In the War on Beggars, Who’s Right and Who’s Wrong?
While most of the city slept during the wee hours of Monday, just a couple of days before Idul Fitri, for those begging for some Ramadan generosity, the day had already begun.
At around 1 a.m., a pickup truck passing through the upscale Pondok Indah area in South Jakarta made a right turn at the intersection near Carrefour in Lebak Bulus. The truck slowed down as it tried to hide in the shadows, away from the probing street lights, before coming to a complete stop near a bus shelter.
A dark-skinned man well into his 40s alighted, lit up a clove cigarette and opened the truck bed. The loud clank was masked only by the audible sigh of relief from the passengers — seven people who had spent an hour and a half cramped together traveling from a marble quarry in Cibinong, West Java.
“The quarry is closed for the holidays,” a man who identified himself as Risman told the Jakarta Globe. “We are laborers, we get daily wages. If the pit is closed what are we going to eat? So we come here every Idul Fitri to beg.”
Risman’s group arrived early enough to claim a good spot along the busy Jalan Iskandar Muda, which is littered with marble covered houses and expensive imported cars.
By 3 a.m. the street was flooded with beggars of all kinds — from children posing as abandoned youngsters to those pretending to be disabled. Some were pushing carts while others were carrying babies, but they all had one thing on their mind: exploiting the generosity people usually display during the holy month of Ramadan.
“I usually occupy a spot near the intersection of [Jalan] Margaguna and [Jalan] Haji Nawi,” 67-year-old Kasman said, as he sat on the sidewalk in front of Pondok Indah Mall, cleaning chopsticks from a box of Japanese food a group of teenagers had given him earlier that day.
The rice had already spoiled, but Kasman, who has been scavenging Jakarta’s dumps for more than 35 years, was still grateful.
“I just ate everything else. Maybe I can still sell the Styrofoam and give the rice to my chicken,” he said.
Kasman stretched his legs, which had taken him from one upscale residential area to the next for the last six hours. Years of experience had taught him how to identify where people with kind hearts live and their Ramadan charity routines.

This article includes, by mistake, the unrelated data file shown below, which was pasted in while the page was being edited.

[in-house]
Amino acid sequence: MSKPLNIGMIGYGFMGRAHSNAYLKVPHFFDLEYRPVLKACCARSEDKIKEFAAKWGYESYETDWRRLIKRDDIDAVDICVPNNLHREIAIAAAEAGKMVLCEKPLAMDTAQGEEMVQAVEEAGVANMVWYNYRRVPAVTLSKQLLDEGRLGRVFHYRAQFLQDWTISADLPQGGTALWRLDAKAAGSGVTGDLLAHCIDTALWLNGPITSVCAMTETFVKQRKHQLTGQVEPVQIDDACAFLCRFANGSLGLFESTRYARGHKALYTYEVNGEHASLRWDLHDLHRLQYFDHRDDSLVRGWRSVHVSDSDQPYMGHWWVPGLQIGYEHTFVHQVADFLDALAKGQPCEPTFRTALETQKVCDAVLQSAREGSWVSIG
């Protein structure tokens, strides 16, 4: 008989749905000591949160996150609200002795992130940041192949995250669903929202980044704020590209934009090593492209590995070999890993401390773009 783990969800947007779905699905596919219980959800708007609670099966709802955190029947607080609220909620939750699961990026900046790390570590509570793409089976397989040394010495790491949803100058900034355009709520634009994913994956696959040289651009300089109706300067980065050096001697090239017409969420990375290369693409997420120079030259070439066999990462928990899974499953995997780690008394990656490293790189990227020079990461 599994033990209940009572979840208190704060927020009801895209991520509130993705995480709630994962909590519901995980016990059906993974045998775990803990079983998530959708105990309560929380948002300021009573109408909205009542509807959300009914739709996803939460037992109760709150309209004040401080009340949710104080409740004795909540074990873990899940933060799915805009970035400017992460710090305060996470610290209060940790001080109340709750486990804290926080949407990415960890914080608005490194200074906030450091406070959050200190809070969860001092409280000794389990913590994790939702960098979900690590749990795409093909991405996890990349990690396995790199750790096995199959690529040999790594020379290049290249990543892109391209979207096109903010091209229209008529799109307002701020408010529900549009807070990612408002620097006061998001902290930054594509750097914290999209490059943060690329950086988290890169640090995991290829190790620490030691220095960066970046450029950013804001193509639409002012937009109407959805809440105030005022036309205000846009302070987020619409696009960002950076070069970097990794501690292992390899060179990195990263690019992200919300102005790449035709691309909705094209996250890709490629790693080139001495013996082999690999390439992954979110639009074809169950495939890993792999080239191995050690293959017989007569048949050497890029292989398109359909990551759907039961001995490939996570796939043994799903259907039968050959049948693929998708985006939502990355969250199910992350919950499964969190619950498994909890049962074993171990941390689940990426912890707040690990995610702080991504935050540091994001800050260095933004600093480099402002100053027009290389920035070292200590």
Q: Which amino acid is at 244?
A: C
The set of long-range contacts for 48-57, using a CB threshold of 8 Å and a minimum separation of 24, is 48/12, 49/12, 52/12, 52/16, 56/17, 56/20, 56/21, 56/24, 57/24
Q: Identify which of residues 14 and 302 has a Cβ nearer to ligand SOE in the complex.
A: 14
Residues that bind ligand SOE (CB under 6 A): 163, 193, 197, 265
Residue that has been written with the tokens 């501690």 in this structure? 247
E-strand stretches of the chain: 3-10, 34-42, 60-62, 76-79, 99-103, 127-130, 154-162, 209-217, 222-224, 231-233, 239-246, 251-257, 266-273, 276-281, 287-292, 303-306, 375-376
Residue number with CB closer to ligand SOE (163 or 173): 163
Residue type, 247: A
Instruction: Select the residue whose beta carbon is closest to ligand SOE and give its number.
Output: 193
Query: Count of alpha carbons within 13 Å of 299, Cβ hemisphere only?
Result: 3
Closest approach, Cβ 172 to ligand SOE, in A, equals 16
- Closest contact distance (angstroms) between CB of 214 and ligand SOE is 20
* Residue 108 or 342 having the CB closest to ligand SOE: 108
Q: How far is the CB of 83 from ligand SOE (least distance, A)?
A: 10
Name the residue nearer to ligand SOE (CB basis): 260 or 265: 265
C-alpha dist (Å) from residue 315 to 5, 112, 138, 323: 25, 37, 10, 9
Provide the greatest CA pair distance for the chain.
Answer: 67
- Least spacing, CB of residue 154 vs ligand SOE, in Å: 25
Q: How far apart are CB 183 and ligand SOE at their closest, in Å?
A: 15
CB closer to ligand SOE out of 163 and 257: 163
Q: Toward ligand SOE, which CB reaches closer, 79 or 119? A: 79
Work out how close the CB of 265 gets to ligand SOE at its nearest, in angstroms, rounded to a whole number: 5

His Ramadan days begin at home after breaking the fast at dusk. He parks his cart in a nearby Pondok Indah mosque and waits for generous worshipers to leave after their evening prayers.
He then walks along Jalan Radio Dalam, where hawkers and semi-permanent restaurants are a plentiful source of trash. Departing customers occasionally take pity on him and give him cash or sometimes food.
So far this year, he’s been able to collect anywhere from Rp 50,000 to Rp 200,000 ($6 to $23) a night begging, easily trumping his usual Rp 15,000 to Rp 20,000 per day from scavenging. “What can you buy for 20,000 rupiah these days?” he asked.
Late on Monday, the government announced that Idul Fitri would fall on Wednesday instead of Tuesday as had been expected. But the news only reached the beggars early on Tuesday morning.
Word also spread about how Muhammdiyah, the second-largest Muslim organization in the country, would celebrate Idul Fitri on Tuesday as planned.
So at 2 a.m. on Tuesday, the streets of Pondok Indah were clear and quiet as beggars set off to where Muhammadiyah members were scheduled to hold their Idul Fitri prayers.
One beggar, 45-year-old Carmen, was kept out of the loop and stayed behind. “Maybe that’s a good thing. I can beg for money from the Muhammadiyahs this morning and from the rest on Wednesday,” she said.
A Never-Ending Problem
A streak of blue light approached rapidly from around the corner and Carmen instinctively inched closer toward the bush and pulled her headscarf tighter around her face. The police patrol car quickly drove past, to her relief.
Just before Ramadan started, Jakarta Governor Fauzi Bowo announced a campaign to “clean” the capital of beggars and buskers. He warned that anyone caught panhandling would be arrested and put through a rehabilitation program.
Kian Kelana, head of the city’s social affairs agency, said that more than 2,000 beggars, buskers and street children, known collectively as PMKS, had been taken into custody during Ramadan.